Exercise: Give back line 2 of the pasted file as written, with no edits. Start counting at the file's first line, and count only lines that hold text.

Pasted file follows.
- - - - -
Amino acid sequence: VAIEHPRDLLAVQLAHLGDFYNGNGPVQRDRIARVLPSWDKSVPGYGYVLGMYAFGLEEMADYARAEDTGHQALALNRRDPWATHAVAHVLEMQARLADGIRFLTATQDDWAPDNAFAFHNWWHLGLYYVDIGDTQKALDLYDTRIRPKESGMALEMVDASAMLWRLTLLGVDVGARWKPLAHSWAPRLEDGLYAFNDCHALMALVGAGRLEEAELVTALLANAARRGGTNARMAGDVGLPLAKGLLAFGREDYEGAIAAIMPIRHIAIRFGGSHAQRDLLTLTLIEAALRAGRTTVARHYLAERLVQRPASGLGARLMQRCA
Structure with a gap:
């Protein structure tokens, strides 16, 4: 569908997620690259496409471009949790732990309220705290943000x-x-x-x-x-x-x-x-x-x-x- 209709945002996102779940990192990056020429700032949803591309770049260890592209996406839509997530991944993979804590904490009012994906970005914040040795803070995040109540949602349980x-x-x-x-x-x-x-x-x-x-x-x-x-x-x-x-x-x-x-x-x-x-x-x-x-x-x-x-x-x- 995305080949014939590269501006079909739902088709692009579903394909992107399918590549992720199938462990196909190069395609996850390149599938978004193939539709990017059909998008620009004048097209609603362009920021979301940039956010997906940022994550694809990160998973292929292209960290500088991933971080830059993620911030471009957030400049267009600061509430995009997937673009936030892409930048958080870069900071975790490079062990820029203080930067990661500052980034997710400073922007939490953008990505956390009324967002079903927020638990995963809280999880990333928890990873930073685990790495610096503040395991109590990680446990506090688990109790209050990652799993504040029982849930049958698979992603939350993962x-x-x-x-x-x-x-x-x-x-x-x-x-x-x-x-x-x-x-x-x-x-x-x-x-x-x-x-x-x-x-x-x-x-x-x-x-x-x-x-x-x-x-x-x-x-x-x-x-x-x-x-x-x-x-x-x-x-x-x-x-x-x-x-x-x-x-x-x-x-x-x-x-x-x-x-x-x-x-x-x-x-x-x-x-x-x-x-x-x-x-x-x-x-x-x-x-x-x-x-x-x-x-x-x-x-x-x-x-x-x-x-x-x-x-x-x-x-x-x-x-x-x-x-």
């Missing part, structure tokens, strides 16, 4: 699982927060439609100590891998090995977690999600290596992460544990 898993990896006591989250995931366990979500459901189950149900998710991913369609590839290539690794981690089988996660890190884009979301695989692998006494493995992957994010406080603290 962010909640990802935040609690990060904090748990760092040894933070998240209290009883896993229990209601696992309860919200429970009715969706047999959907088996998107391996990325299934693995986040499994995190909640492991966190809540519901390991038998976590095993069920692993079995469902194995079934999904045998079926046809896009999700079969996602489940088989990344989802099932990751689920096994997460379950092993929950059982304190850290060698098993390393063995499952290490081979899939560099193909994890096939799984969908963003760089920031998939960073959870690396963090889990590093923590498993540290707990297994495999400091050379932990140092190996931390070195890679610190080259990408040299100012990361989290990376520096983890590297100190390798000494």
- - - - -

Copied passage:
Structure with a gap: